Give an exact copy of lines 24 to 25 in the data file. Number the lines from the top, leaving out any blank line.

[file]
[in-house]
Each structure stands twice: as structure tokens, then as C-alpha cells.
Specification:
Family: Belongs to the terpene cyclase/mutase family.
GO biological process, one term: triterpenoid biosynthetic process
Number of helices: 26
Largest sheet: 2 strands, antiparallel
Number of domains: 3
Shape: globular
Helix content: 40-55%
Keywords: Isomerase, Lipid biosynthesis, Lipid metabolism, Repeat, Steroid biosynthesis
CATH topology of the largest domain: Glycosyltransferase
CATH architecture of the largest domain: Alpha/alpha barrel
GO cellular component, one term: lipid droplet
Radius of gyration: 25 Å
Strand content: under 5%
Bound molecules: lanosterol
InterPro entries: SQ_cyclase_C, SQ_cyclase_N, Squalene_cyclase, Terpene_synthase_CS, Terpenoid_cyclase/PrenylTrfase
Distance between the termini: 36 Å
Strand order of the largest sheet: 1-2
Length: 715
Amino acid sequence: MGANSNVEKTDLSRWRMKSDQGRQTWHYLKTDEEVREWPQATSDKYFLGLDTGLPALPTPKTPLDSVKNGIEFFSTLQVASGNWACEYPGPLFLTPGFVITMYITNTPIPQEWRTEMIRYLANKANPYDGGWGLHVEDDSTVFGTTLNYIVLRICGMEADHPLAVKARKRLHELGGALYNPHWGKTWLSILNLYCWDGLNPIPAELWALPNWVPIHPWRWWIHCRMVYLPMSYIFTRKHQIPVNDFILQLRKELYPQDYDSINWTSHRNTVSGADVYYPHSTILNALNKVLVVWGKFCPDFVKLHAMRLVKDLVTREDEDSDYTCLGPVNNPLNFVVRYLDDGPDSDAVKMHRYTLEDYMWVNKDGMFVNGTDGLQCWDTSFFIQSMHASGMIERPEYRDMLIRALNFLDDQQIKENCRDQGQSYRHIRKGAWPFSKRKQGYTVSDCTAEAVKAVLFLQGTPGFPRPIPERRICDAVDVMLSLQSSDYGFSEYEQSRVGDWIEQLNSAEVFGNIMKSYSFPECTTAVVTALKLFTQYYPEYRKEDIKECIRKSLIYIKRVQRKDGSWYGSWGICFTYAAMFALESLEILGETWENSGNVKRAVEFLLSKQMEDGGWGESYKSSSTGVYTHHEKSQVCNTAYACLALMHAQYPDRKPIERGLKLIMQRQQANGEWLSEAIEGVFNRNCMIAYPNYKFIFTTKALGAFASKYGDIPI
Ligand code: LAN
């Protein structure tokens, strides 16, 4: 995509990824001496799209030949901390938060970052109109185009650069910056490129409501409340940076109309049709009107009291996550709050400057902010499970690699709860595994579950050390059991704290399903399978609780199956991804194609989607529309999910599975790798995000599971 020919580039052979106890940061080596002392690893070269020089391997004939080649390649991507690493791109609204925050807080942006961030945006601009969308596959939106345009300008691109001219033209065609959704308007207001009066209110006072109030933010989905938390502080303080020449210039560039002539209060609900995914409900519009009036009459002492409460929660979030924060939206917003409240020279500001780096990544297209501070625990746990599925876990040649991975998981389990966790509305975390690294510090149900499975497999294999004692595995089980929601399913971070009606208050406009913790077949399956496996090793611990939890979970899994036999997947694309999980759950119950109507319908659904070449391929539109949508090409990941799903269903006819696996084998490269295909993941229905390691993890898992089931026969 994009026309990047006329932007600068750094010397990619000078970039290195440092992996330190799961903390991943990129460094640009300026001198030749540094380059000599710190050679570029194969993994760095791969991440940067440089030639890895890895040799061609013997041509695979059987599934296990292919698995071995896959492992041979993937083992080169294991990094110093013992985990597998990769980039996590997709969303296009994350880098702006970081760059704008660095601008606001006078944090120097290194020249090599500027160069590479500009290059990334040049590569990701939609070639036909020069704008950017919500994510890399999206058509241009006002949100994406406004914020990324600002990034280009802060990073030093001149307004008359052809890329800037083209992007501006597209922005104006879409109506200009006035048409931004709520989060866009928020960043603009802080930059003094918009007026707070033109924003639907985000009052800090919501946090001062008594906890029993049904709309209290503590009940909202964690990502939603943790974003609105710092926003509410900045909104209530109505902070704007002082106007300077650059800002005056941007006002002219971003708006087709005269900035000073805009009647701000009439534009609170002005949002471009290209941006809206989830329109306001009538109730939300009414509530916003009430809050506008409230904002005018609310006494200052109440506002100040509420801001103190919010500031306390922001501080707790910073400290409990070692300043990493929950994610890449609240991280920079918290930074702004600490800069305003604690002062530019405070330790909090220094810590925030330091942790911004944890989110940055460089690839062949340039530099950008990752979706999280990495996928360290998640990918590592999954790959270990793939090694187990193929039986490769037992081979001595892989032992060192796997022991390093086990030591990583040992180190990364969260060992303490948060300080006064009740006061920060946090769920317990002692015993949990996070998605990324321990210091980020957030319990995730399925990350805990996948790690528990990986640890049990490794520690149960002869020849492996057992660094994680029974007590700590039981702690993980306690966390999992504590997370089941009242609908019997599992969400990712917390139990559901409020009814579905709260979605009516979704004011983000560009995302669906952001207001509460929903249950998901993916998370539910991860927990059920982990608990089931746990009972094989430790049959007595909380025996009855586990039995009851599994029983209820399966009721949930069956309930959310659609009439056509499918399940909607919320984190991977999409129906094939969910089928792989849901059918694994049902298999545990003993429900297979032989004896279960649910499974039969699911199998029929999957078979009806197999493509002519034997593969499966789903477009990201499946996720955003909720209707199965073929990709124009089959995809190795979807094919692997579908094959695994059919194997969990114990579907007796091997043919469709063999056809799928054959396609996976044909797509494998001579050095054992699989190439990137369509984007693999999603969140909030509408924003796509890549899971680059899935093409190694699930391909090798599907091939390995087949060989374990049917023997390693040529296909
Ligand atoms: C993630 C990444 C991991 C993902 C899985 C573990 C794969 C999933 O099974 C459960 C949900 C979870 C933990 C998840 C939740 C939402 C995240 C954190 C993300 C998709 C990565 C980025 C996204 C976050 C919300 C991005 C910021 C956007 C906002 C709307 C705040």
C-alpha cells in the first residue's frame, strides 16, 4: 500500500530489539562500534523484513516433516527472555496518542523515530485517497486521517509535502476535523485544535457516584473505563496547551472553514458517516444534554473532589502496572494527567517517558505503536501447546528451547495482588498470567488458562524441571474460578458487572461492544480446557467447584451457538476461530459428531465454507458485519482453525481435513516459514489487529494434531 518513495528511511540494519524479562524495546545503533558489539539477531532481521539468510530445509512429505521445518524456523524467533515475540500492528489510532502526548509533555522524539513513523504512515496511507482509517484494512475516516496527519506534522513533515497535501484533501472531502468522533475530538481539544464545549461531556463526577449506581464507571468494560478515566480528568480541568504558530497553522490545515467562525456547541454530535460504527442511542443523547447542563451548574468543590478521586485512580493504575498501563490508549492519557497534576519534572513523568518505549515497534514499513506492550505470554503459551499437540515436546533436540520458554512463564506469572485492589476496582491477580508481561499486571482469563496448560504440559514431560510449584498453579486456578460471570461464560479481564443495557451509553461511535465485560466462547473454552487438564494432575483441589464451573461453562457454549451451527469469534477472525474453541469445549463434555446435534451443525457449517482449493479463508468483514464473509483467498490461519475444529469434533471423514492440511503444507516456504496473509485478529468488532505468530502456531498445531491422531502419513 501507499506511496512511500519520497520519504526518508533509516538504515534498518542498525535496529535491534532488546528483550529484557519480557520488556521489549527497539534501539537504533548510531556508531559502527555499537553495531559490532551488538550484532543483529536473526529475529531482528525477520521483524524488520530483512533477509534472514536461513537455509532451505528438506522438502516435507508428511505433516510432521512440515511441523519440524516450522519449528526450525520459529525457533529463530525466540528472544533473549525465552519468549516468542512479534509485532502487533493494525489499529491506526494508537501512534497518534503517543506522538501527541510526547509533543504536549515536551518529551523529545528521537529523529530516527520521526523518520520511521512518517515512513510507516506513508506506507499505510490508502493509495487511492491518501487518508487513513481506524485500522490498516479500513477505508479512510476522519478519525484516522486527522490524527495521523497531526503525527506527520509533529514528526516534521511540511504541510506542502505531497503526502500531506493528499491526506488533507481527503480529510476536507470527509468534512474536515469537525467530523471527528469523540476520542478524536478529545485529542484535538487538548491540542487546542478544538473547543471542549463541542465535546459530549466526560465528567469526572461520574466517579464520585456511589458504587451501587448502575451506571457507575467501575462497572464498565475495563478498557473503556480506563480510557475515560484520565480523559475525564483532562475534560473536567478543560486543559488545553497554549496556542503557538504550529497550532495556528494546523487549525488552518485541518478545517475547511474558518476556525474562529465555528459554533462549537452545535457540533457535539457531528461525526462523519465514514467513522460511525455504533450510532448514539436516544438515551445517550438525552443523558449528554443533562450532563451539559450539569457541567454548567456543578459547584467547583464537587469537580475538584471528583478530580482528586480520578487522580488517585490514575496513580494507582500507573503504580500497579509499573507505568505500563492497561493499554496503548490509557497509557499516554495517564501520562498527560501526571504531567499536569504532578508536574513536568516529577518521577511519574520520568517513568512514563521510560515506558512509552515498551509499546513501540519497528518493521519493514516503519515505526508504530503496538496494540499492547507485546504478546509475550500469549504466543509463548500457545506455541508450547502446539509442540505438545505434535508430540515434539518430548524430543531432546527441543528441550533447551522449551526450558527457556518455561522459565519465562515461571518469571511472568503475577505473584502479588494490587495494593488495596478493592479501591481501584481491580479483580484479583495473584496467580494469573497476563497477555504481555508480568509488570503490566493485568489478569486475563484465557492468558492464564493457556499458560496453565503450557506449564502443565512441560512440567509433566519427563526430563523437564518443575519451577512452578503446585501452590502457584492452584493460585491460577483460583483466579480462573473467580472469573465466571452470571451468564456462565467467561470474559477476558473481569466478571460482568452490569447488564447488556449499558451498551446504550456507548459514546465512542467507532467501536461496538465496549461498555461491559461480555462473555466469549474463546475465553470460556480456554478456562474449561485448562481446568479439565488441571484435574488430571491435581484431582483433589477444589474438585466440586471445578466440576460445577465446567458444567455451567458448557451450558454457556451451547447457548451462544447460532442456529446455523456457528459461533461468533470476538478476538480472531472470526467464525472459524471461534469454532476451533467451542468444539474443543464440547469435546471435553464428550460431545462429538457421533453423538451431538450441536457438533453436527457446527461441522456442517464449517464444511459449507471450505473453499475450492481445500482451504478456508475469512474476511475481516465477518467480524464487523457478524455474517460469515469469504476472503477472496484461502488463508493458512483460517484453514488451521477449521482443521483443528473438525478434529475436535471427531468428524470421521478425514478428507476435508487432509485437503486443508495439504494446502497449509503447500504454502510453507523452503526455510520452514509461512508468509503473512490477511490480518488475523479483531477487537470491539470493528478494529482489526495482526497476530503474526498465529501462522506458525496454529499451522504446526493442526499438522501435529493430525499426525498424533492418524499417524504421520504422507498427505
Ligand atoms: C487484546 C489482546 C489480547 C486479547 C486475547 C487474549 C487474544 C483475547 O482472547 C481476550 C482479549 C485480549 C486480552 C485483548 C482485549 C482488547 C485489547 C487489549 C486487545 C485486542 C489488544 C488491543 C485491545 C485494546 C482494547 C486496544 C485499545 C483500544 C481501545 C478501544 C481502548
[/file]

């Protein structure tokens, strides 16, 4: 995509990824001496799209030949901390938060970052109109185009650069910056490129409501409340940076109309049709009107009291996550709050400057902010499970690699709860595994579950050390059991704290399903399978609780199956991804194609989607529309999910599975790798995000599971 020919580039052979106890940061080596002392690893070269020089391997004939080649390649991507690493791109609204925050807080942006961030945006601009969308596959939106345009300008691109001219033209065609959704308007207001009066209110006072109030933010989905938390502080303080020449210039560039002539209060609900995914409900519009009036009459002492409460929660979030924060939206917003409240020279500001780096990544297209501070625990746990599925876990040649991975998981389990966790509305975390690294510090149900499975497999294999004692595995089980929601399913971070009606208050406009913790077949399956496996090793611990939890979970899994036999997947694309999980759950119950109507319908659904070449391929539109949508090409990941799903269903006819696996084998490269295909993941229905390691993890898992089931026969 994009026309990047006329932007600068750094010397990619000078970039290195440092992996330190799961903390991943990129460094640009300026001198030749540094380059000599710190050679570029194969993994760095791969991440940067440089030639890895890895040799061609013997041509695979059987599934296990292919698995071995896959492992041979993937083992080169294991990094110093013992985990597998990769980039996590997709969303296009994350880098702006970081760059704008660095601008606001006078944090120097290194020249090599500027160069590479500009290059990334040049590569990701939609070639036909020069704008950017919500994510890399999206058509241009006002949100994406406004914020990324600002990034280009802060990073030093001149307004008359052809890329800037083209992007501006597209922005104006879409109506200009006035048409931004709520989060866009928020960043603009802080930059003094918009007026707070033109924003639907985000009052800090919501946090001062008594906890029993049904709309209290503590009940909202964690990502939603943790974003609105710092926003509410900045909104209530109505902070704007002082106007300077650059800002005056941007006002002219971003708006087709005269900035000073805009009647701000009439534009609170002005949002471009290209941006809206989830329109306001009538109730939300009414509530916003009430809050506008409230904002005018609310006494200052109440506002100040509420801001103190919010500031306390922001501080707790910073400290409990070692300043990493929950994610890449609240991280920079918290930074702004600490800069305003604690002062530019405070330790909090220094810590925030330091942790911004944890989110940055460089690839062949340039530099950008990752979706999280990495996928360290998640990918590592999954790959270990793939090694187990193929039986490769037992081979001595892989032992060192796997022991390093086990030591990583040992180190990364969260060992303490948060300080006064009740006061920060946090769920317990002692015993949990996070998605990324321990210091980020957030319990995730399925990350805990996948790690528990990986640890049990490794520690149960002869020849492996057992660094994680029974007590700590039981702690993980306690966390999992504590997370089941009242609908019997599992969400990712917390139990559901409020009814579905709260979605009516979704004011983000560009995302669906952001207001509460929903249950998901993916998370539910991860927990059920982990608990089931746990009972094989430790049959007595909380025996009855586990039995009851599994029983209820399966009721949930069956309930959310659609009439056509499918399940909607919320984190991977999409129906094939969910089928792989849901059918694994049902298999545990003993429900297979032989004896279960649910499974039969699911199998029929999957078979009806197999493509002519034997593969499966789903477009990201499946996720955003909720209707199965073929990709124009089959995809190795979807094919692997579908094959695994059919194997969990114990579907007796091997043919469709063999056809799928054959396609996976044909797509494998001579050095054992699989190439990137369509984007693999999603969140909030509408924003796509890549899971680059899935093409190694699930391909090798599907091939390995087949060989374990049917023997390693040529296909
Ligand atoms: C993630 C990444 C991991 C993902 C899985 C573990 C794969 C999933 O099974 C459960 C949900 C979870 C933990 C998840 C939740 C939402 C995240 C954190 C993300 C998709 C990565 C980025 C996204 C976050 C919300 C991005 C910021 C956007 C906002 C709307 C705040």